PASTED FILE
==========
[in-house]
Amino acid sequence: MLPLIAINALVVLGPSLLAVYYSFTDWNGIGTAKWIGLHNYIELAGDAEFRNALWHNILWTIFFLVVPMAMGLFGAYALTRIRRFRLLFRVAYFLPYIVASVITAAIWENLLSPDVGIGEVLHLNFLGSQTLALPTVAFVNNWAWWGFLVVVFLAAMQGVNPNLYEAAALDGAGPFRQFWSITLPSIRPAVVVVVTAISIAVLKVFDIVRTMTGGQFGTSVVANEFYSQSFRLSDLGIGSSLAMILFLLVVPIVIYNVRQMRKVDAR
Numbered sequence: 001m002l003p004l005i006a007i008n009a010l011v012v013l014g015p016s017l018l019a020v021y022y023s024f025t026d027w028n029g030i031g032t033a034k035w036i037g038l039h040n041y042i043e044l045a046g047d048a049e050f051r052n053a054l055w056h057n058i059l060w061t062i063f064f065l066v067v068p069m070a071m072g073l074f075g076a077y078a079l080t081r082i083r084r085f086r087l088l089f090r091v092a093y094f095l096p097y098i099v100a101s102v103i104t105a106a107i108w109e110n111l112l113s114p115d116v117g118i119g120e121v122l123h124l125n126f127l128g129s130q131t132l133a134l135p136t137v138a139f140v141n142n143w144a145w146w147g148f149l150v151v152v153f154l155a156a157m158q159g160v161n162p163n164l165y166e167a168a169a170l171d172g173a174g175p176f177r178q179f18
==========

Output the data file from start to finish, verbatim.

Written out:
[in-house]
Amino acid sequence: MLPLIAINALVVLGPSLLAVYYSFTDWNGIGTAKWIGLHNYIELAGDAEFRNALWHNILWTIFFLVVPMAMGLFGAYALTRIRRFRLLFRVAYFLPYIVASVITAAIWENLLSPDVGIGEVLHLNFLGSQTLALPTVAFVNNWAWWGFLVVVFLAAMQGVNPNLYEAAALDGAGPFRQFWSITLPSIRPAVVVVVTAISIAVLKVFDIVRTMTGGQFGTSVVANEFYSQSFRLSDLGIGSSLAMILFLLVVPIVIYNVRQMRKVDAR
Numbered sequence: 001m002l003p004l005i006a007i008n009a010l011v012v013l014g015p016s017l018l019a020v021y022y023s024f025t026d027w028n029g030i031g032t033a034k035w036i037g038l039h040n041y042i043e044l045a046g047d048a049e050f051r052n053a054l055w056h057n058i059l060w061t062i063f064f065l066v067v068p069m070a071m072g073l074f075g076a077y078a079l080t081r082i083r084r085f086r087l088l089f090r091v092a093y094f095l096p097y098i099v100a101s102v103i104t105a106a107i108w109e110n111l112l113s114p115d116v117g118i119g120e121v122l123h124l125n126f127l128g129s130q131t132l133a134l135p136t137v138a139f140v141n142n143w144a145w146w147g148f149l150v151v152v153f154l155a156a157m158q159g160v161n162p163n164l165y166e167a168a169a170l171d172g173a174g175p176f177r178q179f18